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Functions and Mechanisms: A Perspectivalist View

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Functions: selection and mechanisms

Part of the book series: Synthese Library ((SYLI,volume 363))

Abstract

Though the mechanical philosophy is traditionally associated with the rejection of teleological description and explanation, the theories of the contemporary physiological sciences, such as neuroscience, are replete with both functional and mechanistic descriptions. I explore the relationship between these two stances, showing how functional description contributes to the search for mechanisms. I discuss three ways that functional descriptions contribute to the explanations and mechanistic theories in contemporary neuroscience: as a way of tersely indicating an etiological explanation, as a way of framing constitutive explanations, and as a way of explaining the item by situating it within higher-level mechanisms. This account of functional description is ineliminably perspectival in the sense that it relies ultimately on decisions by an observer about what matters or is of interest in the system they study.

Thanks to Lindley Darden, Marie Kaiser, Sarah Malanowski, and an anonymous referee for comments on earlier drafts; Pamela Speh for graphic design; and Tamara Casanova, Mindy Danner, and Kimberly Mount for administrative support. This project was finalized during a stay in spring 2011 with the DFG Forschergruppe on Causation and Explanation at the Universität zu Köln.

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Notes

  1. 1.

    Westfall describes the world of the mechanical philosophy as a “lifeless field knowing only brute blows of inert chunks of matter” (1973, 31; see also Westfall 1971; Shapin 1996). Historians have suggested that the opposition of mechanism and Aristotelian explanations in terms of forms and final causes oversimplifies the diversity of perspectives one finds in the seventeenth century and beyond (see especially Allen 2005; Des Chene 2005; Osler 2001).

  2. 2.

    See Glennan (2009).

  3. 3.

    Given the hierarchical embedding of mechanisms to be discussed below, functional description is often appropriate both for the behaviors of mechanisms as a whole (either because they have been privileged as such by an observer or because they play a role in a higher-level system that is so privileged) and for the roles of the parts in producing that behavior.

  4. 4.

    They also note that the function of an item is its “job” and that any apparent teleology in the sense of function is “eliminable or reducible without remainder in an evolutionary framework.” For classic adaptational accounts, see Brandon (1990), Millikan (1984), Neander (1991), Ruse (1971), Wimsatt (1972), and Wright (1973). Garson (2008) provides a recent review.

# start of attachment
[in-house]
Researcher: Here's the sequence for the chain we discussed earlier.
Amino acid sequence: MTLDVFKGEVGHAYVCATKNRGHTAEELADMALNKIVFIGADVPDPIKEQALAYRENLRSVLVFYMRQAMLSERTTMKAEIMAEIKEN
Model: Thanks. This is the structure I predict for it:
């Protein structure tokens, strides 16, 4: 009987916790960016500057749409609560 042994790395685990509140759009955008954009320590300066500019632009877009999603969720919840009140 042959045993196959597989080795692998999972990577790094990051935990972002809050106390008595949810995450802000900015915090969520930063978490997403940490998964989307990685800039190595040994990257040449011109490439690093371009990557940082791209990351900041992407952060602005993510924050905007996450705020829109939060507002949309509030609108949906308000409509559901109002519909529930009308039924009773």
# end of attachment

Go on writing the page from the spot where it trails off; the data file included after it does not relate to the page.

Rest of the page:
5. 5.

    Analyses of the concept of function in terms of current ability or propensity to survive and reproduce (e.g., Bigelow and Pargetter 1987; Boorse 1976; Canfield 1964) likewise fail to accommodate many of the perfectly legitimate uses of functional language that can be found in neuroscience.

  6. 6.

    Stephen Toulmin makes this point most beautifully: “There is no clear division of natural processes in the real world, into ‘functions’ on the one hand and ‘mechanisms’ on the other. Rather, we draw a distinction between the functional and mechanistic aspects of any natural process, in one context or another; and whatever can be viewed as a mechanism, form one point of view and in one context, can alternatively be seen as a function, from another point of view or in another context. Indeed, the very organization of organisms—the organization that is sometimes described as though it simply involved a ‘hierarchy’ of progressive larger structures—can be better viewed as involving a ‘ladder’ of progressively more complex systems. All of these systems, whatever their levels of complexity, need to be analyzed and understood in terms of the functions they serve and also of the mechanisms they call into play. And when we shift the focus of our attention from one level of analysis to another—from one fineness of grain to another—even those very processes which began by presenting themselves to us under the guise of ‘mechanisms’ will be transformed into ‘functions’” (Toulmin 1975, 53).

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Craver, C.F. (2013). Functions and Mechanisms: A Perspectivalist View. In: Huneman, P. (eds) Functions: selection and mechanisms. Synthese Library, vol 363. Springer, Dordrecht. https://doi.org/10.1007/978-94-007-5304-4_8

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